To add to the discussion, and not suggesting that this is the best solution, here's a quick summary of the PanSTARRS solution for this. The main filter specifier was the photocode, defined in a table like:
#code name type zeropt airmass_slope airmass_offset equiv ...
1 g sec 0.000 0.00 0.00 -
10001 GPC1.g.XY01 dep 24.563 -0.147 0.000 1
11000 GPC1.g.SkyChip dep 25.000 0.000 0.000 1
20000 HSC.g.00 dep 26.783 -0.150 0.000 1
The "AbstractFilter" is defined by a low-photcode entry, which have their type set to "sec" (for historical reasons), and have no zeropoint, airmass, or color terms (omitted here for clarity), as they are the "platonic ideals".
All observed filters ("PhysicalFilters"/type="dep") are defined in based on camera/sensor/AbstractFilter tuples, which have the zpt/airm/color terms to define how the instrumental magnitudes should match their "equiv" photcode. These zpt/airm/color terms serve the purpose of transmission curves, and are used for the initial raw data calibration. During the full catalog calibration, these terms are included as part of the fit, allowing each sensor to have different responses and to allow for time variations.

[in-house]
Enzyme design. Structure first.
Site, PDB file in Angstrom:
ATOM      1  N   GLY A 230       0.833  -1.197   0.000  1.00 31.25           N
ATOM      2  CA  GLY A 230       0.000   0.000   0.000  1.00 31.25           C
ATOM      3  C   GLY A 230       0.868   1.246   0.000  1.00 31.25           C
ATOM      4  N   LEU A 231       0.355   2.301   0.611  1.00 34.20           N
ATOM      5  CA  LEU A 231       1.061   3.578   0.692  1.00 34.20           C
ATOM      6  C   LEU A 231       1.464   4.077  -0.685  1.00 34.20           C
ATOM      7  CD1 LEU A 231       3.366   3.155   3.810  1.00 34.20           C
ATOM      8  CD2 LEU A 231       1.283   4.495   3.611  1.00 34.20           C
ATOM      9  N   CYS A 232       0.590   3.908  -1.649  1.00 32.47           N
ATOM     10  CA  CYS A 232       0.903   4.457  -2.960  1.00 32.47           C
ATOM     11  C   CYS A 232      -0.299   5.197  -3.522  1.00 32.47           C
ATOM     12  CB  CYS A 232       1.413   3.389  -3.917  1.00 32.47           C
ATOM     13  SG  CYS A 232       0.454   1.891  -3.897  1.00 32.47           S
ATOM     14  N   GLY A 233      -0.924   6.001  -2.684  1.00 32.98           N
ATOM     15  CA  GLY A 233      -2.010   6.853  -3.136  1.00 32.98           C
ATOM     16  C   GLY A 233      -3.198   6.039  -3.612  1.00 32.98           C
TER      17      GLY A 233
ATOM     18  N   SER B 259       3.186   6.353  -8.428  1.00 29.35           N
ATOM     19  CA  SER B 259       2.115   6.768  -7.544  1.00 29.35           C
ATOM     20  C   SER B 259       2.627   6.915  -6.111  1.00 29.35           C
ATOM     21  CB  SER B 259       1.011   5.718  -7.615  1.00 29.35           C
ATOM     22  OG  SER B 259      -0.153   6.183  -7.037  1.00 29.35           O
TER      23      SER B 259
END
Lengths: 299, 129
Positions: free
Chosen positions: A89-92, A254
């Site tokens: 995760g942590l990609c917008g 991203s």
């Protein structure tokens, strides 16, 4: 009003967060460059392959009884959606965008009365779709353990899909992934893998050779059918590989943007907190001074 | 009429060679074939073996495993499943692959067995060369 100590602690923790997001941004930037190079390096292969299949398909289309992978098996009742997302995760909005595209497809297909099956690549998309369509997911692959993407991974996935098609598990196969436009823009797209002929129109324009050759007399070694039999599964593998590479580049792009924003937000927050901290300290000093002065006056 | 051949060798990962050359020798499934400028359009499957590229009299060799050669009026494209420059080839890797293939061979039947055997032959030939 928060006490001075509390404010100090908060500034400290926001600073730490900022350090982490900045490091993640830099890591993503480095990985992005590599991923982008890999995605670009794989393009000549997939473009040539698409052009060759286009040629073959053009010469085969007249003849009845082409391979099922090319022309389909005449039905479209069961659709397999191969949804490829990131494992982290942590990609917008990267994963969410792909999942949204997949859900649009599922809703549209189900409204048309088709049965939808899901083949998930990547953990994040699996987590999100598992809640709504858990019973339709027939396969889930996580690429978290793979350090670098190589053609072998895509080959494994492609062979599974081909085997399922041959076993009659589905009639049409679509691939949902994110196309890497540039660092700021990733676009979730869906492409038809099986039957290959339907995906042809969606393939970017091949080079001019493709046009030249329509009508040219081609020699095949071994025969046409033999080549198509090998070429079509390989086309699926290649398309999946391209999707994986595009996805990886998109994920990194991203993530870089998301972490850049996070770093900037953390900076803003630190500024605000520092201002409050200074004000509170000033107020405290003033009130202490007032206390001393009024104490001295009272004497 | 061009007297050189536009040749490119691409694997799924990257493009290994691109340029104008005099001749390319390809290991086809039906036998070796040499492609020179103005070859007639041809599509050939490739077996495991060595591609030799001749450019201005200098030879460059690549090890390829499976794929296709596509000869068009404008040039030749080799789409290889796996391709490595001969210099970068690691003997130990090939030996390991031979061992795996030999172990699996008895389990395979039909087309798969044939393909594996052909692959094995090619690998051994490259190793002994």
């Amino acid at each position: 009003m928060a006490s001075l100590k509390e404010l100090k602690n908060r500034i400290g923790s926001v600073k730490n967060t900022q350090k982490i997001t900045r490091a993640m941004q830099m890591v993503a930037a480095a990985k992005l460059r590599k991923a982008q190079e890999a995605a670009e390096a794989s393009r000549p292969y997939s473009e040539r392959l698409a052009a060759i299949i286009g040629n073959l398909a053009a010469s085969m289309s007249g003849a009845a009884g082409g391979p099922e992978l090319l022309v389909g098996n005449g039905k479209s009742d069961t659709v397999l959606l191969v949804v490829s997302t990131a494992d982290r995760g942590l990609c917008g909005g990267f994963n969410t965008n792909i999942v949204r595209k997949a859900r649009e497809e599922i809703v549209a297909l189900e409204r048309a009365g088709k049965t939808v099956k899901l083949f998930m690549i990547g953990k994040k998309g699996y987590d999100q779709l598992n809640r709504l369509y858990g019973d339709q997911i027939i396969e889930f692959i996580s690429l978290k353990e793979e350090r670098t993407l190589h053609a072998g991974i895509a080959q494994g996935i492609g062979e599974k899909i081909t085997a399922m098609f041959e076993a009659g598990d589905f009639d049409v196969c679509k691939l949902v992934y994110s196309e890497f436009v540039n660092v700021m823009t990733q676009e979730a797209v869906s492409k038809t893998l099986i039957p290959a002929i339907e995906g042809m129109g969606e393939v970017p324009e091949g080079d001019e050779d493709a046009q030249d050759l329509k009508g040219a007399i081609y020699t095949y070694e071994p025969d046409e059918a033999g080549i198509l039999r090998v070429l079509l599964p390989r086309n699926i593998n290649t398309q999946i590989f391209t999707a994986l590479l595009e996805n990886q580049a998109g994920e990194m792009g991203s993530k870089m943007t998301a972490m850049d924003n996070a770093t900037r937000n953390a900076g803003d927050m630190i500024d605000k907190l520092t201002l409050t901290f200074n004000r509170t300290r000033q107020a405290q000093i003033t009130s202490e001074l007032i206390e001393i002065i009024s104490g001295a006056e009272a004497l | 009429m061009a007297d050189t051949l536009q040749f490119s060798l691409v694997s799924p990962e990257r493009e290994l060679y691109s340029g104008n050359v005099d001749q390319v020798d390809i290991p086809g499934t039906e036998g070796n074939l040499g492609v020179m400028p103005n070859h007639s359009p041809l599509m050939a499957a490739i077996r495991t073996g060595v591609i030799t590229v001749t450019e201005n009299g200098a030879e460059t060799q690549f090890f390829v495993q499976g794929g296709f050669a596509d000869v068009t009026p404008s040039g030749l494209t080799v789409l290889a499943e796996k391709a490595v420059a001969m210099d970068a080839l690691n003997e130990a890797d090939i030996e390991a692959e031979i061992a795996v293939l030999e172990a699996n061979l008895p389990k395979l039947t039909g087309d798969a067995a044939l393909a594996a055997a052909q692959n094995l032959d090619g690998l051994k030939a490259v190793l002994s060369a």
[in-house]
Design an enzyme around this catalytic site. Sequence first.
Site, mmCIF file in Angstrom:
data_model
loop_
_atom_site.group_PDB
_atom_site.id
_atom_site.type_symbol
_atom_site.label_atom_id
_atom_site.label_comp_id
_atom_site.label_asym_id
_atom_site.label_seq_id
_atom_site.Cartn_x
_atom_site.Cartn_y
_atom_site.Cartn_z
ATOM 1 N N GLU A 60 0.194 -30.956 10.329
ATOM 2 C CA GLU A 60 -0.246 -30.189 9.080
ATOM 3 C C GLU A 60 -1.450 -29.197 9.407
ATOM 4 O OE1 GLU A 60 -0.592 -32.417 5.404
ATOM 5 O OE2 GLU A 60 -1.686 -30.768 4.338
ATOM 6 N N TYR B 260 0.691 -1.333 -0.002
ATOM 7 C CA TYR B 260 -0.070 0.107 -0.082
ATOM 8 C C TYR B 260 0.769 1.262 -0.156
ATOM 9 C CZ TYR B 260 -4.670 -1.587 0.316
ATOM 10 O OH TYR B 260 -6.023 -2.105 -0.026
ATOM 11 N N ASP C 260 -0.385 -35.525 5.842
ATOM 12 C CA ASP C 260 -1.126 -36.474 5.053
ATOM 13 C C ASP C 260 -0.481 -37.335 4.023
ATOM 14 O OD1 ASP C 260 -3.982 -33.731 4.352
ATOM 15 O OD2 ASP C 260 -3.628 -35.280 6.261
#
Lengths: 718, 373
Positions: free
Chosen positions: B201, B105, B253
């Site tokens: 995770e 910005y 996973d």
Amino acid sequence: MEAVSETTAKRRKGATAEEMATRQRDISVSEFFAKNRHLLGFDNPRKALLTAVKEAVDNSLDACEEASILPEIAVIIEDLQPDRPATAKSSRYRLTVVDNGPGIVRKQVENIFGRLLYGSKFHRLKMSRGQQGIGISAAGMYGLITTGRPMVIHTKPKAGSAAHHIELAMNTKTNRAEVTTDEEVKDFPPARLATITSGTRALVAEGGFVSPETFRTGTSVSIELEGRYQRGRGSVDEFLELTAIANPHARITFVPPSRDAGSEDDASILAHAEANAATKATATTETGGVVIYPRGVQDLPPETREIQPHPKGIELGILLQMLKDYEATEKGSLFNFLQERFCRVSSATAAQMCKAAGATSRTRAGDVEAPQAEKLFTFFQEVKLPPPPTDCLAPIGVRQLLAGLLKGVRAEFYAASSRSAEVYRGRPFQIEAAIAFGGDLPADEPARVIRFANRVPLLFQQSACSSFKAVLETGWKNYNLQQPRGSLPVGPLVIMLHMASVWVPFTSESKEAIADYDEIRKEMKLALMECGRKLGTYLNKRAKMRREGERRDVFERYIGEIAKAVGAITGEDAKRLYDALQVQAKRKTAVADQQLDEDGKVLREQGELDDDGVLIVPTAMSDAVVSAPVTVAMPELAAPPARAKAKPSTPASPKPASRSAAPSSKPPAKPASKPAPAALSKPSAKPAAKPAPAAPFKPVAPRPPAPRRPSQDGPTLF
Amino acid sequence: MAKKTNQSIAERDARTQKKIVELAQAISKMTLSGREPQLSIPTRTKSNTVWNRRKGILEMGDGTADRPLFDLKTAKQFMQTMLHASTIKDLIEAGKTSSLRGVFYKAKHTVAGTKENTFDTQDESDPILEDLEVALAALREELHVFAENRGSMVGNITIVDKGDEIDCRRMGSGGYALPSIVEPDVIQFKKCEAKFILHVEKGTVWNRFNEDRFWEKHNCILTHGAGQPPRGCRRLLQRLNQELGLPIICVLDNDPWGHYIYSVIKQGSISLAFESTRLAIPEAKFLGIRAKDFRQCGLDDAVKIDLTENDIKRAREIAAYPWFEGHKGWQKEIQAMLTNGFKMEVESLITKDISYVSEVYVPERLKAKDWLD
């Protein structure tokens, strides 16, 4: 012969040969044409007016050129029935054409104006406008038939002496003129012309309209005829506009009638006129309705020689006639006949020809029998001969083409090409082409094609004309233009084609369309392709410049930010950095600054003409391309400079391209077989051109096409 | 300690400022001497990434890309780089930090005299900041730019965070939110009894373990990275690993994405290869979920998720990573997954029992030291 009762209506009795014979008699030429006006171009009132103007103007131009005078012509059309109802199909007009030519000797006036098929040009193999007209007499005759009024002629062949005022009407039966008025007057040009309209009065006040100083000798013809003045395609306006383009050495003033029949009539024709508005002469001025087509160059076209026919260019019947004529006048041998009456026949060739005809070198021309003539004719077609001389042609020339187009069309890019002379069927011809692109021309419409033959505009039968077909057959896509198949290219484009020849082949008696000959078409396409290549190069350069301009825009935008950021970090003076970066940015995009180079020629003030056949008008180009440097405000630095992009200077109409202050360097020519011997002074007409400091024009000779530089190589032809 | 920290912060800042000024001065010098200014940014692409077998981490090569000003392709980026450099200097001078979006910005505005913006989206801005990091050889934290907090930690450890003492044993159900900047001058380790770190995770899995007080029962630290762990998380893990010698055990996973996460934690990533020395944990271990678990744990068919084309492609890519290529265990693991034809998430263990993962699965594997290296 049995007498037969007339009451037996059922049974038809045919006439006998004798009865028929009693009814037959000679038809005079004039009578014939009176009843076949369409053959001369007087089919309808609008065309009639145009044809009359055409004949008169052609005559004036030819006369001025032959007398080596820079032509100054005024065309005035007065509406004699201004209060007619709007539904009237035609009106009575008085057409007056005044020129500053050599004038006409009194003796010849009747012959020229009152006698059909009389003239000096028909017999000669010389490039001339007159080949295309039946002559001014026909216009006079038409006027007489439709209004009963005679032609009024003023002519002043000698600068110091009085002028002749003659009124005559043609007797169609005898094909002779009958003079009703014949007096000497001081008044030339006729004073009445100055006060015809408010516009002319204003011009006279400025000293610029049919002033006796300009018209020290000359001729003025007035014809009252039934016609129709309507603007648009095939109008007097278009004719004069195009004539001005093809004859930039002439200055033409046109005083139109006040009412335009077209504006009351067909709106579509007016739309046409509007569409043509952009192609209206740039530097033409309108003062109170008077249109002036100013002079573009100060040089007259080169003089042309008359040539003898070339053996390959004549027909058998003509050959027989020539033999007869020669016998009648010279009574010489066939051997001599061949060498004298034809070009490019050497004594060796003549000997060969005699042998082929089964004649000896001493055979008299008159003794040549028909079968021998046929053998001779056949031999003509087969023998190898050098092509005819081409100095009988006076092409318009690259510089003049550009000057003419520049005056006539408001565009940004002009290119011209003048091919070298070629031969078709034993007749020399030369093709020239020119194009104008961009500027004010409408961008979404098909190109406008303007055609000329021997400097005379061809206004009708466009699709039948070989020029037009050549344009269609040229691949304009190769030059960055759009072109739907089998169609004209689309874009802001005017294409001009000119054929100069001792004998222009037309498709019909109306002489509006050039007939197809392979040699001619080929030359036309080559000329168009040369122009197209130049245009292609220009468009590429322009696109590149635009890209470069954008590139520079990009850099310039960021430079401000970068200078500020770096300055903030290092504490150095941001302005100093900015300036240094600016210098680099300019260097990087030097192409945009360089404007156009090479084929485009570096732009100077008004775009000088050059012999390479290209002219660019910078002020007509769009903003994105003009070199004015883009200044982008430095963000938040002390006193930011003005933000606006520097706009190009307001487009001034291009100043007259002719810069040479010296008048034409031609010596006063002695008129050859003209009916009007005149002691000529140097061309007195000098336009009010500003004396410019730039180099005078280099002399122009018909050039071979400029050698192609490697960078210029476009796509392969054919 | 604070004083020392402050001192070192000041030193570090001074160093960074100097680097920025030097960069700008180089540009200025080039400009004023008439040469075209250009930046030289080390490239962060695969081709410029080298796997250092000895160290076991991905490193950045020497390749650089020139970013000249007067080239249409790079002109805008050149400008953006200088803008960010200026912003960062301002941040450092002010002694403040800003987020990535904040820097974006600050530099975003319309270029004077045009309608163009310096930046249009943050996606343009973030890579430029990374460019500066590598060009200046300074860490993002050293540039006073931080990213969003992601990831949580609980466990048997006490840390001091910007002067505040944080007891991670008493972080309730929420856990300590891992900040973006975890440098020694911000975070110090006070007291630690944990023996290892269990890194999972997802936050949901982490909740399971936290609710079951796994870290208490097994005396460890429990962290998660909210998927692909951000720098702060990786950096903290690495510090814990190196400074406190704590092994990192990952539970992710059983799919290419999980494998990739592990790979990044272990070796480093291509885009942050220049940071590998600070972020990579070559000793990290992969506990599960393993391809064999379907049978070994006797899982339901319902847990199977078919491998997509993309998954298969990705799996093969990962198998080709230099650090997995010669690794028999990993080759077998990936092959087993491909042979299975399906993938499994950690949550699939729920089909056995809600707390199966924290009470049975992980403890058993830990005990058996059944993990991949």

The final internal catalog links each observation to the observed photcode, which in turn uses the best fit terms to link to the equivalent photcode. This set of equivalent photcode measurements is then used to define the average photometric parameters.
The "SkyChip" entry is used for stacked products, which have a defined set of photometric parameters, and all inputs scaled from the detector-specific values. In the perfect case, each image would be scaled using the final best fit parameters to ensure that the stacked image exactly matches the SkyChip photcode. In practice, the stacks are constructed from the previous iteration of the parameters.
Photcode indices are integers and unique, roughly generated as:
photcode = camera_B + 10^N * filter + sensor
For GPC1: B=10000, N=2; HSC: B=20000,N=3; MEGACAM: B=100,N=1; etc. This ordering is stable and more human readable than strict autoincrements, but it does not allow filter subtraction. New filters can be added, but the updated photcode table needs to be included/referenced with any data that uses the new filters.